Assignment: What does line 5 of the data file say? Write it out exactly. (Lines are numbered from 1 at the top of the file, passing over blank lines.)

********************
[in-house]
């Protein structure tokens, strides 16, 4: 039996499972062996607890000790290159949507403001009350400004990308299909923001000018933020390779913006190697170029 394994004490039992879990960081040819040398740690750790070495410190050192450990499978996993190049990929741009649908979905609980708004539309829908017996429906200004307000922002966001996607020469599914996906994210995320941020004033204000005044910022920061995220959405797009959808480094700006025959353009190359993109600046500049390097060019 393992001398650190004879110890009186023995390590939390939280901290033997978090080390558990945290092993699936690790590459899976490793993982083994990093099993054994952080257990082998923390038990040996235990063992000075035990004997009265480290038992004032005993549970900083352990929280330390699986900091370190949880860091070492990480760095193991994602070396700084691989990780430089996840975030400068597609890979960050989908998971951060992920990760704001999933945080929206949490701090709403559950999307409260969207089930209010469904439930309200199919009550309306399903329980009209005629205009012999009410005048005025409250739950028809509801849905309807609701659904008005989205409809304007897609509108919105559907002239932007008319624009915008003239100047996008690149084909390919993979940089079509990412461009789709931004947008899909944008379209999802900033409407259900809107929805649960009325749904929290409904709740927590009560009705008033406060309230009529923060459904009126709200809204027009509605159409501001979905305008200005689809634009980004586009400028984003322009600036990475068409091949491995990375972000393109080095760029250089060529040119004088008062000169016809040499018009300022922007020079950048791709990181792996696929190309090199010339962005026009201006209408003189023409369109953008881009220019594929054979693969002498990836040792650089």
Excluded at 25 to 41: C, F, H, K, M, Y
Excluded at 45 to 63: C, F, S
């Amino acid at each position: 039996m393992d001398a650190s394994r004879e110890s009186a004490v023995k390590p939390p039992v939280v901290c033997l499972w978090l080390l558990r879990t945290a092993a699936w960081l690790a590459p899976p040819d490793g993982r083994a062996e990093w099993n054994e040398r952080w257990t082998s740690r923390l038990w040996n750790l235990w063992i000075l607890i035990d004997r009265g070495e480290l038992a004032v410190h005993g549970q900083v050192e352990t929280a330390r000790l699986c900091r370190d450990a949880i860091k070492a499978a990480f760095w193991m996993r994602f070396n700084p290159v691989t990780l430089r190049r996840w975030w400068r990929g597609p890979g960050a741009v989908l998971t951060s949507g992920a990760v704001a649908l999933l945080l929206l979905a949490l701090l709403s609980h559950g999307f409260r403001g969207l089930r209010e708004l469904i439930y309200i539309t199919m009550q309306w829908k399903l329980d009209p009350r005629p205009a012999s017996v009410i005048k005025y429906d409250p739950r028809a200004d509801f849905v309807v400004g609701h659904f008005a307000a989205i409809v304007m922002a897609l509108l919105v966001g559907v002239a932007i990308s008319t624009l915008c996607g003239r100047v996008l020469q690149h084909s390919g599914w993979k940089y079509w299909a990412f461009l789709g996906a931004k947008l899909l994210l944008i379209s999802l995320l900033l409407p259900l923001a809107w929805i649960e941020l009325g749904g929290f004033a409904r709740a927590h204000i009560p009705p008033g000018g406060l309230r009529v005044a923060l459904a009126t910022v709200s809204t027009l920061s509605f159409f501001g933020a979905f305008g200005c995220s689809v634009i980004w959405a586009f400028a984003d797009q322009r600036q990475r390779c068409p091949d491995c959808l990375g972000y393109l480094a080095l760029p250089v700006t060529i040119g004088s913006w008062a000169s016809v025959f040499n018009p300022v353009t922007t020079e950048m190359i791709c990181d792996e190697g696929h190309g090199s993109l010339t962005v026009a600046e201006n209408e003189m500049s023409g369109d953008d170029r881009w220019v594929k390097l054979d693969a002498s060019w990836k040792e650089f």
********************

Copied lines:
């Amino acid at each position: 039996m393992d001398a650190s394994r004879e110890s009186a004490v023995k390590p939390p039992v939280v901290c033997l499972w978090l080390l558990r879990t945290a092993a699936w960081l690790a590459p899976p040819d490793g993982r083994a062996e990093w099993n054994e040398r952080w257990t082998s740690r923390l038990w040996n750790l235990w063992i000075l607890i035990d004997r009265g070495e480290l038992a004032v410190h005993g549970q900083v050192e352990t929280a330390r000790l699986c900091r370190d450990a949880i860091k070492a499978a990480f760095w193991m996993r994602f070396n700084p290159v691989t990780l430089r190049r996840w975030w400068r990929g597609p890979g960050a741009v989908l998971t951060s949507g992920a990760v704001a649908l999933l945080l929206l979905a949490l701090l709403s609980h559950g999307f409260r403001g969207l089930r209010e708004l469904i439930y309200i539309t199919m009550q309306w829908k399903l329980d009209p009350r005629p205009a012999s017996v009410i005048k005025y429906d409250p739950r028809a200004d509801f849905v309807v400004g609701h659904f008005a307000a989205i409809v304007m922002a897609l509108l919105v966001g559907v002239a932007i990308s008319t624009l915008c996607g003239r100047v996008l020469q690149h084909s390919g599914w993979k940089y079509w299909a990412f461009l789709g996906a931004k947008l899909l994210l944008i379209s999802l995320l900033l409407p259900l923001a809107w929805i649960e941020l009325g749904g929290f004033a409904r709740a927590h204000i009560p009705p008033g000018g406060l309230r009529v005044a923060l459904a009126t910022v709200s809204t027009l920061s509605f159409f501001g933020a979905f305008g200005c995220s689809v634009i980004w959405a586009f400028a984003d797009q322009r600036q990475r390779c068409p091949d491995c959808l990375g972000y393109l480094a080095l760029p250089v700006t060529i040119g004088s913006w008062a000169s016809v025959f040499n018009p300022v353009t922007t020079e950048m190359i791709c990181d792996e190697g696929h190309g090199s993109l010339t962005v026009a600046e201006n209408e003189m500049s023409g369109d953008d170029r881009w220019v594929k390097l054979d693969a002498s060019w990836k040792e650089f």